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Bits of Art
Wednesday, January 15, 2014 • Posted January 16, 2014

It was really great see Jack and Lin Sikora back for a winter visit from the snow and ice in Connecticut. We do enjoy their time with us each year.

My wish is that Marge Boyd had a great birthday on Jan, 14th. And I wish a happy birthday to Dorothy Johnson on Jan. 19, to John Koock on Jan. 20, to Ruby Toeppich and to Billy Wayne Koock on Jan. 22nd and to Diana Head on Jan. 23rd. Have a special day!

On the 1st Sunday after the Epiphany, Pastor Cliff’s message about the Baptism of our Lord came from the Gospel reading from Mark 1:4-13. These are the words of Pastor Cliff.

Can you remember when you were baptized?

Jesus went from Galilee to the Jordan River to be baptized by John the Baptist. But John tried to talk him out of it. “I am the one who needs to be baptized by you,” he said, “so why are you coming to me?” But Jesus said, “It should be done, for we must carry out all that God requires.” So John agreed to baptize him. (Matthew 3)

I invite you to see and hear this through the lens of epiphany and incarnation. I invite you to look and remember your own baptism, and look at it through your call by God. God has called all who are baptized followers of Jesus to be holy and living sacrifices, Holy and living sacrifices that will “carry out all that God requires.”

Praying and asking God for wisdom and discernment on how God is calling us to live out our baptism in the Kingdom will involve commitment. Jesus said, Whosoever loves father or mother more than me is not worthy of me. Those who find their life will lose it, and those who lose their life for my sake will find it. (Matthew 10:37-39)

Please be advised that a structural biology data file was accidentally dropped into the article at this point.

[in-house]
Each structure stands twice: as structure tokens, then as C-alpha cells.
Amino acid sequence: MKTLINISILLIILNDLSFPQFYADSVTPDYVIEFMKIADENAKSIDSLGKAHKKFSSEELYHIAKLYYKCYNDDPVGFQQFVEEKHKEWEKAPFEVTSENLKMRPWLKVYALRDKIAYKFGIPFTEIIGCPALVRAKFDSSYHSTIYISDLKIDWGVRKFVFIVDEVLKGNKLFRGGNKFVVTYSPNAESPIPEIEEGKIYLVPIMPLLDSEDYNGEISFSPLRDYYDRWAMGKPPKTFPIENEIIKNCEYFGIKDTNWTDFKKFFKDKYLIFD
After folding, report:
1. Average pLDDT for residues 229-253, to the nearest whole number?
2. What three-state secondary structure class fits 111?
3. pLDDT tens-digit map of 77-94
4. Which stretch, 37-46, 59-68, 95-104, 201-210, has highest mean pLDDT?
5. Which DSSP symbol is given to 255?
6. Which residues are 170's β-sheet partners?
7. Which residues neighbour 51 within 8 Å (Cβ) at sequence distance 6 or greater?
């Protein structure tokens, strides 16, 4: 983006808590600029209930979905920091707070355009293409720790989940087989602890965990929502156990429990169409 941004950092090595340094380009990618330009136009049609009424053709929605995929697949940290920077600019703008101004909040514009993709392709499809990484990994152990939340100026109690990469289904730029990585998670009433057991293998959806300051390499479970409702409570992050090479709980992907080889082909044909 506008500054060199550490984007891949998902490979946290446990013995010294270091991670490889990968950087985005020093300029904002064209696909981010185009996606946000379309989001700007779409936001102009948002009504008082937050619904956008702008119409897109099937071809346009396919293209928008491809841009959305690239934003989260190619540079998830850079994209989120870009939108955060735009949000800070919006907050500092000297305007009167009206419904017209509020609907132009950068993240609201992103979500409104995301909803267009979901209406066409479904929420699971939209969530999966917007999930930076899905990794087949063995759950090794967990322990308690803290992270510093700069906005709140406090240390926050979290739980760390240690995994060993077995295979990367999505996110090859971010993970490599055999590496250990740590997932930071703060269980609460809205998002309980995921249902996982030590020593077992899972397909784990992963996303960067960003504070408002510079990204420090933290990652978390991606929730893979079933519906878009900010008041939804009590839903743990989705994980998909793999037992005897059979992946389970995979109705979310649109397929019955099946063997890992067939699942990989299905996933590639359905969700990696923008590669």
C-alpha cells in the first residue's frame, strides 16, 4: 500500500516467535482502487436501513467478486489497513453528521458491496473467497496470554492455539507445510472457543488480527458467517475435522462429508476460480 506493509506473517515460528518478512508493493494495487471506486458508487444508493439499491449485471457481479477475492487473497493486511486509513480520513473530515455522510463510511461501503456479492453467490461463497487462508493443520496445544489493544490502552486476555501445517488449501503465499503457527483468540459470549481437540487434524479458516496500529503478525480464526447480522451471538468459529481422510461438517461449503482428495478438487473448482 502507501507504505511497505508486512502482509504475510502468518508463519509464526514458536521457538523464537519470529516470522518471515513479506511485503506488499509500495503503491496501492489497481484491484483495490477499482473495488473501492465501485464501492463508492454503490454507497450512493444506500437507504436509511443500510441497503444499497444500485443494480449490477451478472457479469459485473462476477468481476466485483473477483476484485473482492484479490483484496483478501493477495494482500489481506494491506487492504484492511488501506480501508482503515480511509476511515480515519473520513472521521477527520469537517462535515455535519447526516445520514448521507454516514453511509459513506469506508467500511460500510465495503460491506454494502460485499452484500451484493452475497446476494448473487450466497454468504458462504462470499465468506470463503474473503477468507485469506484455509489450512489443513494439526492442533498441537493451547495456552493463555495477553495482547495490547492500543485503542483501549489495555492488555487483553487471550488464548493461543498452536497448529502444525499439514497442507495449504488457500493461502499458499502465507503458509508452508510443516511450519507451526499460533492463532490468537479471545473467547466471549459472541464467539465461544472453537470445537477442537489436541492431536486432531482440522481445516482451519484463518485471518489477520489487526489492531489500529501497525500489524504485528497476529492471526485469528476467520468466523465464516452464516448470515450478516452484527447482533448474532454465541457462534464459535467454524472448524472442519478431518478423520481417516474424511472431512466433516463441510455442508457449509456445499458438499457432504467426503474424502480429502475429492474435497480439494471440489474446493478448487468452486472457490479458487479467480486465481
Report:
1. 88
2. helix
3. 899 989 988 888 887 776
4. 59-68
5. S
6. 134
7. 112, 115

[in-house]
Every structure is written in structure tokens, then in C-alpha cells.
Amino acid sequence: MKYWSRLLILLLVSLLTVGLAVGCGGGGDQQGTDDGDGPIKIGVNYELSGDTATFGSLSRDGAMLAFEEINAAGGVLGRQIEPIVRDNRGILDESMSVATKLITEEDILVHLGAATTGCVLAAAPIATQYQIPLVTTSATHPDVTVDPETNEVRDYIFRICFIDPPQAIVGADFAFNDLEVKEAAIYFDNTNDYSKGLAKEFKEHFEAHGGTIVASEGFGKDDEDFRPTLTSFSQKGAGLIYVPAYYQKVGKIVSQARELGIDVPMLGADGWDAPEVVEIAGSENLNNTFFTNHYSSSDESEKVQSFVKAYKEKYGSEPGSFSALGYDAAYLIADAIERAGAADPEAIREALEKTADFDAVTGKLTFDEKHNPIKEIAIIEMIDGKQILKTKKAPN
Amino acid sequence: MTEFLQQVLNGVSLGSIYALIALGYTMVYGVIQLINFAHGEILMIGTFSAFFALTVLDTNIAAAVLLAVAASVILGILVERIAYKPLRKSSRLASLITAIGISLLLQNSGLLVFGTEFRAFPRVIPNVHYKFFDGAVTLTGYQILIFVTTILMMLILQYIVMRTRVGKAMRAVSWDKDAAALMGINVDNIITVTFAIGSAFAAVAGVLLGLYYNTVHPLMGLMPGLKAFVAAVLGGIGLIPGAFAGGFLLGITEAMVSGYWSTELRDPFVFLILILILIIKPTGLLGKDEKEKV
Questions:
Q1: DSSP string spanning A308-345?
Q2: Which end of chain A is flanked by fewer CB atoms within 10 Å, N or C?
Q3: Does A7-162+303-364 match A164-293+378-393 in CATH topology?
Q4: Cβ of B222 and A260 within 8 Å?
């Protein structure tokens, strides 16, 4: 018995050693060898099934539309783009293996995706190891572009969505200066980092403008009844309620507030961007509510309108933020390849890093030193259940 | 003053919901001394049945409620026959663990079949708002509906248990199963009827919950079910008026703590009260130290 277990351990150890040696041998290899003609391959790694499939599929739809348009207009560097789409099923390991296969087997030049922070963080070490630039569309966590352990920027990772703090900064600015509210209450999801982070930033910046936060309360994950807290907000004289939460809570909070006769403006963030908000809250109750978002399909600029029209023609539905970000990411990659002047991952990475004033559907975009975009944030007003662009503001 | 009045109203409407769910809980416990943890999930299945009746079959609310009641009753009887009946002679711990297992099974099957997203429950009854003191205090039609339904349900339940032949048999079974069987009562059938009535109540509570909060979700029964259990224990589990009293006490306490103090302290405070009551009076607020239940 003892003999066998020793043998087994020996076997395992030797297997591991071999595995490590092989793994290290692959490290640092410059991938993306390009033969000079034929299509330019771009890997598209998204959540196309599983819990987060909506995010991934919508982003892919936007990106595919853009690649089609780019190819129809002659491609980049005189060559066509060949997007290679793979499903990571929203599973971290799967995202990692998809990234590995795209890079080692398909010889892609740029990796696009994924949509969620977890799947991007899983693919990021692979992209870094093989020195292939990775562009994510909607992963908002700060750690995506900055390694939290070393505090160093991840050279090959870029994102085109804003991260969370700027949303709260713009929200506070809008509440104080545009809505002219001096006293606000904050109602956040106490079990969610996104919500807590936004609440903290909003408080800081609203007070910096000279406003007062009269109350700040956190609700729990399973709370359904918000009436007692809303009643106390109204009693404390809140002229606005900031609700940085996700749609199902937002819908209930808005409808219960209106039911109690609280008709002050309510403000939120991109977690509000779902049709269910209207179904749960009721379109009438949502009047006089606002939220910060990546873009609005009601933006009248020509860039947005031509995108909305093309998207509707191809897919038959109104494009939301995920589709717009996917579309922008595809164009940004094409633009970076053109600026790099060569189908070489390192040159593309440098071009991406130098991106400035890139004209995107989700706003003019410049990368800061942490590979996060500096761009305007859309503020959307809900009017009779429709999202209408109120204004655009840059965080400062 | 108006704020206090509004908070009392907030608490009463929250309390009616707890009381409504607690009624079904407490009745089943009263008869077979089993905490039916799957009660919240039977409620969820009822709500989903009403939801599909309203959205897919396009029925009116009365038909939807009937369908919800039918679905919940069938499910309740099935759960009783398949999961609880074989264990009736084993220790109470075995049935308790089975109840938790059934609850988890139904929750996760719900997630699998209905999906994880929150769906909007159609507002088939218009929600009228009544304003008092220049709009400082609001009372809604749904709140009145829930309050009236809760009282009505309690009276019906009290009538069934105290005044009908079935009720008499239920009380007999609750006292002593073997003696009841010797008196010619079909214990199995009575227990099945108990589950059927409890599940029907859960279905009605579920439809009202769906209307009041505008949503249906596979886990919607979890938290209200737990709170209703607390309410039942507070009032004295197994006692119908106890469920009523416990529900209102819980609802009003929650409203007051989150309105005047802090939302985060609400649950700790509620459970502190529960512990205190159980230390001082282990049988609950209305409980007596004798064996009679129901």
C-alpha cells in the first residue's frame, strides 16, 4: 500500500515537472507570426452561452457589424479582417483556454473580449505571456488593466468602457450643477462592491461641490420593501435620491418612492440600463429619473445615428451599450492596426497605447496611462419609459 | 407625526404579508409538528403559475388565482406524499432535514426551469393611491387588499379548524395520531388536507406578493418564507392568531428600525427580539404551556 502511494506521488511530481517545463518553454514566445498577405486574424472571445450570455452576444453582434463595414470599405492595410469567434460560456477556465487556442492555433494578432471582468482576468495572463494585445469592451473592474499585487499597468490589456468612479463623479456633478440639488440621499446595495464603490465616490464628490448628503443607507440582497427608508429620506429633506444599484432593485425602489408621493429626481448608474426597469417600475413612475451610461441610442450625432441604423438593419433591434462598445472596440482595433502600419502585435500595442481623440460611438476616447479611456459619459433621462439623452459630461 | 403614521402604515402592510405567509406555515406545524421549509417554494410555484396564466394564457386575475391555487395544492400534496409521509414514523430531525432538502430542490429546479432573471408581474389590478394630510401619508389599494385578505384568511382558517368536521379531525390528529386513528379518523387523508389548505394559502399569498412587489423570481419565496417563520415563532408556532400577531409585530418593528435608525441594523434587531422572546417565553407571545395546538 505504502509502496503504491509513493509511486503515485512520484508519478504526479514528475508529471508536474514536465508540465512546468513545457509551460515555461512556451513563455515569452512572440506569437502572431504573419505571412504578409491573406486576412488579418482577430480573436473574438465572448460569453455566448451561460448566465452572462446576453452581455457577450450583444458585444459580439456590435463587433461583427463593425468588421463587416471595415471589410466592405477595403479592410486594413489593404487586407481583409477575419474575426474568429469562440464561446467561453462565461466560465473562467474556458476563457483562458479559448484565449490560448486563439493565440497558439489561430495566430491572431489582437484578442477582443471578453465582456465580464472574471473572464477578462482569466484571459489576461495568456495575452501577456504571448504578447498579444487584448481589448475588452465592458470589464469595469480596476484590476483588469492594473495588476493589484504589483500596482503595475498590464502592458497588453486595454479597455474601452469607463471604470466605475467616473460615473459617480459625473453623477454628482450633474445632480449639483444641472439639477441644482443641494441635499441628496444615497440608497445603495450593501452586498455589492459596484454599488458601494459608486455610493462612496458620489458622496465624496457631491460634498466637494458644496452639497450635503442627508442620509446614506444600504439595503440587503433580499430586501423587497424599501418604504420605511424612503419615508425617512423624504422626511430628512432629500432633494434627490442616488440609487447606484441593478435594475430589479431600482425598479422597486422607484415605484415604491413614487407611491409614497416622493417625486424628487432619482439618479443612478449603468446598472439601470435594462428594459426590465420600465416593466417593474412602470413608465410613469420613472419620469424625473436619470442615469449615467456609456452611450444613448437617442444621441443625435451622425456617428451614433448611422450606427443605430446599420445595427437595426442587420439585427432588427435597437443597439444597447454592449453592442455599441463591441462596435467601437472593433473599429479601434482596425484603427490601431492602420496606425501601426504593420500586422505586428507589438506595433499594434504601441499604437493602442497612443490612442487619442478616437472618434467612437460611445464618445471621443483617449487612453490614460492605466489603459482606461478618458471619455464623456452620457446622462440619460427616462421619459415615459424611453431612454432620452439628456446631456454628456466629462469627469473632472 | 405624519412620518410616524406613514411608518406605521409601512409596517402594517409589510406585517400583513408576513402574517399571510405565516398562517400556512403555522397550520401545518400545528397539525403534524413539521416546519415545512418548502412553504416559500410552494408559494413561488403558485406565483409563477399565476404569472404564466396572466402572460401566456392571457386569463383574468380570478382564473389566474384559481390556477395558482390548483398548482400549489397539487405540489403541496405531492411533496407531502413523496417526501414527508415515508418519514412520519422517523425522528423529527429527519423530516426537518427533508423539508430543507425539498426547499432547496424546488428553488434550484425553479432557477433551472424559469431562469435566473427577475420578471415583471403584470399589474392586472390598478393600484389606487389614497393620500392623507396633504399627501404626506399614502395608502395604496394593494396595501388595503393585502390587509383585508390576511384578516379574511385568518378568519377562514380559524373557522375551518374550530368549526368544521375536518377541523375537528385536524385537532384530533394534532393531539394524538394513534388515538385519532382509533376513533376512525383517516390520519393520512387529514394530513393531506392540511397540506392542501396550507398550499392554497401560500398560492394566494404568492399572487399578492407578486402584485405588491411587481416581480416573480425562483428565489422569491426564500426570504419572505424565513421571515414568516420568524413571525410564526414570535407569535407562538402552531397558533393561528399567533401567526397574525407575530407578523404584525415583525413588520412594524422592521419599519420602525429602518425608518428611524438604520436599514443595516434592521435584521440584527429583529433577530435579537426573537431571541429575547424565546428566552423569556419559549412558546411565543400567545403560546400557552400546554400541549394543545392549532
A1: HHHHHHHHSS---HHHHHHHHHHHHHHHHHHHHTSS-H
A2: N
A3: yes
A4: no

Following Jesus will include suffering. You have been given not only the privilege of trusting in Christ but also the privilege of suffering for him. (Philippians 1:29). Some would also teach that following Jesus requires that we grow in wisdom, that we learn to pray, and that we become peacemakers. Living out our baptism should be disruptive to our lifestyle, disruptive to our tendency to glide, to withdraw, and to avoid risk, disruptive to our tendency to focus our own comfort and safety.

Being a baptized follower of Jesus will challenge you to look and see where maybe you have chosen fear, rather than love. I especially invite you to look at those places and relationships in your life where you said to yourself “I will never”. We need to look closely there, because fear and never and won’t, limits the possibilities of God’s grace. And God’s grace and love is unlimited.

This is the Epiphany: We are allowed, invited and welcomed to respond to God’s generous love we call grace. With that response, be fully grounded in the knowledge that the debt Jesus paid on Calvary can never be repaid. We cannot earn our way into heaven. Our salvation is a free, un-merited, extravagant, generous gift of love from God, revealed at Christmas. And we have the gift of the Holy Spirit which enables us to live responsibly (response-ably) and courageously by glorifying God with our lives.

God invites us to let our light shine in a world of darkness. This is the Epiphany, the revealing. “Indeed, God did not send the Son into the world to condemn the world, but in order that the world might be saved through him. (John 3:17) That’s Epiphany. That’s the plan. You’re invited to live out your baptism. John the Baptist was a bit confused when Jesus asked him to baptize him. But Jesus said, “It should be done, for we must carry out all that God requires.” So John agreed to baptize him.

Have you been playing “patty-cake” as a Christian? Are you ready to commit to God and ask for the grace and power and the spirit to become fully alive in Christ? Are you ready to do all that God requires?

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